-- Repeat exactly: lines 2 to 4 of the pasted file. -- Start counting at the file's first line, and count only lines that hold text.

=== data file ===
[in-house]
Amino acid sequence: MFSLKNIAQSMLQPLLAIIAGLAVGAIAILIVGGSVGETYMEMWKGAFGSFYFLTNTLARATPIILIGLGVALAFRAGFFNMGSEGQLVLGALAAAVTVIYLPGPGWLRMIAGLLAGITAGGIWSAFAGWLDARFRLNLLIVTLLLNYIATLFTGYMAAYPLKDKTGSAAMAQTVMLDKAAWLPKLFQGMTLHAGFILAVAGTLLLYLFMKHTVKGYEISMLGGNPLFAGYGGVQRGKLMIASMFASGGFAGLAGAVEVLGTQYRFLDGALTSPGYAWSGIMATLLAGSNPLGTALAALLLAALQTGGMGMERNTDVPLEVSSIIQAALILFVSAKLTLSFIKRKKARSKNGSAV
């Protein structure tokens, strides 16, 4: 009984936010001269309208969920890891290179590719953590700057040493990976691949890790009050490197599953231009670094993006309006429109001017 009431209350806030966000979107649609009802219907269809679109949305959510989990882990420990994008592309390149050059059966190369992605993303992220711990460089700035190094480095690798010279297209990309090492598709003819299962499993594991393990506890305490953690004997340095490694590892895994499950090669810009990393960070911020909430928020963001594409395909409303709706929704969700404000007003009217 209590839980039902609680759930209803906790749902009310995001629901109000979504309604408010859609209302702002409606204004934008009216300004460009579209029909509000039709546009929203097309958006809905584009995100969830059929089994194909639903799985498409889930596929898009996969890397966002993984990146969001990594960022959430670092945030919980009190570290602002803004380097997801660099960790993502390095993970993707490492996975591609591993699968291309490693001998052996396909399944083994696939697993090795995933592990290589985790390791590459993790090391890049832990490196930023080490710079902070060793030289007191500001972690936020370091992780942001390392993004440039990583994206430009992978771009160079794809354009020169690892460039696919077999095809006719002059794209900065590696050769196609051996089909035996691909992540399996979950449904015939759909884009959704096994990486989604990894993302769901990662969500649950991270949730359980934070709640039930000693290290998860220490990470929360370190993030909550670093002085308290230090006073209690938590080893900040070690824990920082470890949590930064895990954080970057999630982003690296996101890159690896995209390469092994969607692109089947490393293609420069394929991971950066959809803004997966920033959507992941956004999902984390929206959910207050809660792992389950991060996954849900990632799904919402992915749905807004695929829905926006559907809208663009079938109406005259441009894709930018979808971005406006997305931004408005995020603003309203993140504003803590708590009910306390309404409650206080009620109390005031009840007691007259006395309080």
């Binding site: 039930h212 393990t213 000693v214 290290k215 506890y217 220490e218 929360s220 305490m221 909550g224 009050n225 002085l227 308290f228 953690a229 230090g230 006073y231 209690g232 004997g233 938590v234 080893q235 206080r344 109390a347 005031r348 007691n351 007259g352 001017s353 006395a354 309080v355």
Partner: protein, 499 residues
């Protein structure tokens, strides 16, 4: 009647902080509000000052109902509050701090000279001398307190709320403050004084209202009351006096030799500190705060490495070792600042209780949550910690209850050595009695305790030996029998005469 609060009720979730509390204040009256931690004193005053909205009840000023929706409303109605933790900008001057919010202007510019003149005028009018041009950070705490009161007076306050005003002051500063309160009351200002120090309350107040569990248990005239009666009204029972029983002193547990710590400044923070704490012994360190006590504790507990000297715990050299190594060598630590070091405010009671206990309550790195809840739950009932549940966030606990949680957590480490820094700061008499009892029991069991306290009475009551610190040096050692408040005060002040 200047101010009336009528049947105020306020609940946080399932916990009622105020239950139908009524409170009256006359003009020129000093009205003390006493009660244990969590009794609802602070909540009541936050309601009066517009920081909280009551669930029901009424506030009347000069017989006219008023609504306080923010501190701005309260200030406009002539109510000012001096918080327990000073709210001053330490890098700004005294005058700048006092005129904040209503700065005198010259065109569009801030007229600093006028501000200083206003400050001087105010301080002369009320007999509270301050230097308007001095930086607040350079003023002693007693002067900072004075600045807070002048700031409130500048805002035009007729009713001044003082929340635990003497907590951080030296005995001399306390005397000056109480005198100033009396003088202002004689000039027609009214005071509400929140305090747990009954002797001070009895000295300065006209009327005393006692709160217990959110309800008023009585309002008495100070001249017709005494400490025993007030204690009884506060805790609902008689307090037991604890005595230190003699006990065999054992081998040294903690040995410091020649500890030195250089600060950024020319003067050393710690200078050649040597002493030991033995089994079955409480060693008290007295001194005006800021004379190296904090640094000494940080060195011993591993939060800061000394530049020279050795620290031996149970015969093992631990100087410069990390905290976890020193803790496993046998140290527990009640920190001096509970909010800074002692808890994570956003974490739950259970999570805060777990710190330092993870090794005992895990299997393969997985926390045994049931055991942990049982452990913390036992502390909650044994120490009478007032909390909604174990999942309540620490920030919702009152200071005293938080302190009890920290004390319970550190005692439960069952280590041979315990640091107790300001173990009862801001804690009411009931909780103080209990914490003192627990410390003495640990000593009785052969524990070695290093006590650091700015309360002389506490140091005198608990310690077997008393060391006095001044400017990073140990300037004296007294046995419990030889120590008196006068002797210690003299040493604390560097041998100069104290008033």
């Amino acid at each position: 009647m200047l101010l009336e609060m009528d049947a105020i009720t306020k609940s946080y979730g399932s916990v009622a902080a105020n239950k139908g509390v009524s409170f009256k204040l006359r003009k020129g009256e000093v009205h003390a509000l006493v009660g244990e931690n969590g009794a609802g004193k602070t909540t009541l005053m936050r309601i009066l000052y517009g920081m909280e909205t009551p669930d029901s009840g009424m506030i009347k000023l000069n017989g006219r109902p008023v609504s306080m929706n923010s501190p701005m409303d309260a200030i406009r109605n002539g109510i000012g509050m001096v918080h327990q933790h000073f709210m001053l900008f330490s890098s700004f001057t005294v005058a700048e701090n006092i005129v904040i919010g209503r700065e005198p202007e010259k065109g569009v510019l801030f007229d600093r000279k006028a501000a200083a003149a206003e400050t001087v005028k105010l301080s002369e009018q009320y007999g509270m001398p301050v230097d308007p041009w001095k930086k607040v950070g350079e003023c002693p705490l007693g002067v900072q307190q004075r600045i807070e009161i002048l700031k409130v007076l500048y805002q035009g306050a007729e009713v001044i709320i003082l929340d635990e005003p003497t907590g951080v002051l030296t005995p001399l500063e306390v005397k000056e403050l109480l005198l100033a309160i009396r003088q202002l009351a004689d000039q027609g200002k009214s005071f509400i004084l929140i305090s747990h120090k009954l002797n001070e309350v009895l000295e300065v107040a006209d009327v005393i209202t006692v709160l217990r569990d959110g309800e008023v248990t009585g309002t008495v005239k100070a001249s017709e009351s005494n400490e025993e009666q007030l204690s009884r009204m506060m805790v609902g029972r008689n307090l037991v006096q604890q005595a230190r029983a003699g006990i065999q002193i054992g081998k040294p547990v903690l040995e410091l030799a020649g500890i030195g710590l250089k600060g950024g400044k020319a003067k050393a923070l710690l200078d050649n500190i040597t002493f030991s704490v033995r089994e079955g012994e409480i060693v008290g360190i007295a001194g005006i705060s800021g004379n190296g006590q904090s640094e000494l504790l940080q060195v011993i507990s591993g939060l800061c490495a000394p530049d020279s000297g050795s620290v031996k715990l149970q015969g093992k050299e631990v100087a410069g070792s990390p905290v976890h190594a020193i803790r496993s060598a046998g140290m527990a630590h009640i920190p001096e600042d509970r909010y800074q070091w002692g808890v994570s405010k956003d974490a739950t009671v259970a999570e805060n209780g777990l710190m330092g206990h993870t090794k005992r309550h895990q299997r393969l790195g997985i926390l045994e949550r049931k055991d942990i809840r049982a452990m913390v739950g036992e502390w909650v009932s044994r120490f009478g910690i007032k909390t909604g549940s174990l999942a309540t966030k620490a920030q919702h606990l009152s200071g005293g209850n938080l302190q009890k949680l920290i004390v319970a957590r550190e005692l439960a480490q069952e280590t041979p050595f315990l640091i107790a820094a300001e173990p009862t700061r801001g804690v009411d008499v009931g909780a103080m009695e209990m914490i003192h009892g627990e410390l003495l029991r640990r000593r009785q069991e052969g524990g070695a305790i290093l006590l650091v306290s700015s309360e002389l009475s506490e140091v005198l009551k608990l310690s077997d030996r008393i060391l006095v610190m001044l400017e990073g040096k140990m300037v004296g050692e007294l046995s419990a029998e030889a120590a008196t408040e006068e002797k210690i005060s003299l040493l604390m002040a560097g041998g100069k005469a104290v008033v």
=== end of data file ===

Amino acid sequence: MFSLKNIAQSMLQPLLAIIAGLAVGAIAILIVGGSVGETYMEMWKGAFGSFYFLTNTLARATPIILIGLGVALAFRAGFFNMGSEGQLVLGALAAAVTVIYLPGPGWLRMIAGLLAGITAGGIWSAFAGWLDARFRLNLLIVTLLLNYIATLFTGYMAAYPLKDKTGSAAMAQTVMLDKAAWLPKLFQGMTLHAGFILAVAGTLLLYLFMKHTVKGYEISMLGGNPLFAGYGGVQRGKLMIASMFASGGFAGLAGAVEVLGTQYRFLDGALTSPGYAWSGIMATLLAGSNPLGTALAALLLAALQTGGMGMERNTDVPLEVSSIIQAALILFVSAKLTLSFIKRKKARSKNGSAV
């Protein structure tokens, strides 16, 4: 009984936010001269309208969920890891290179590719953590700057040493990976691949890790009050490197599953231009670094993006309006429109001017 009431209350806030966000979107649609009802219907269809679109949305959510989990882990420990994008592309390149050059059966190369992605993303992220711990460089700035190094480095690798010279297209990309090492598709003819299962499993594991393990506890305490953690004997340095490694590892895994499950090669810009990393960070911020909430928020963001594409395909409303709706929704969700404000007003009217 209590839980039902609680759930209803906790749902009310995001629901109000979504309604408010859609209302702002409606204004934008009216300004460009579209029909509000039709546009929203097309958006809905584009995100969830059929089994194909639903799985498409889930596929898009996969890397966002993984990146969001990594960022959430670092945030919980009190570290602002803004380097997801660099960790993502390095993970993707490492996975591609591993699968291309490693001998052996396909399944083994696939697993090795995933592990290589985790390791590459993790090391890049832990490196930023080490710079902070060793030289007191500001972690936020370091992780942001390392993004440039990583994206430009992978771009160079794809354009020169690892460039696919077999095809006719002059794209900065590696050769196609051996089909035996691909992540399996979950449904015939759909884009959704096994990486989604990894993302769901990662969500649950991270949730359980934070709640039930000693290290998860220490990470929360370190993030909550670093002085308290230090006073209690938590080893900040070690824990920082470890949590930064895990954080970057999630982003690296996101890159690896995209390469092994969607692109089947490393293609420069394929991971950066959809803004997966920033959507992941956004999902984390929206959910207050809660792992389950991060996954849900990632799904919402992915749905807004695929829905926006559907809208663009079938109406005259441009894709930018979808971005406006997305931004408005995020603003309203993140504003803590708590009910306390309404409650206080009620109390005031009840007691007259006395309080």
């Binding site: 039930h212 393990t213 000693v214 290290k215 506890y217 220490e218 929360s220 305490m221 909550g224 009050n225 002085l227 308290f228 953690a229 230090g230 006073y231 209690g232 004997g233 938590v234 080893q235 206080r344 109390a347 005031r348 007691n351 007259g352 001017s353 006395a354 309080v355």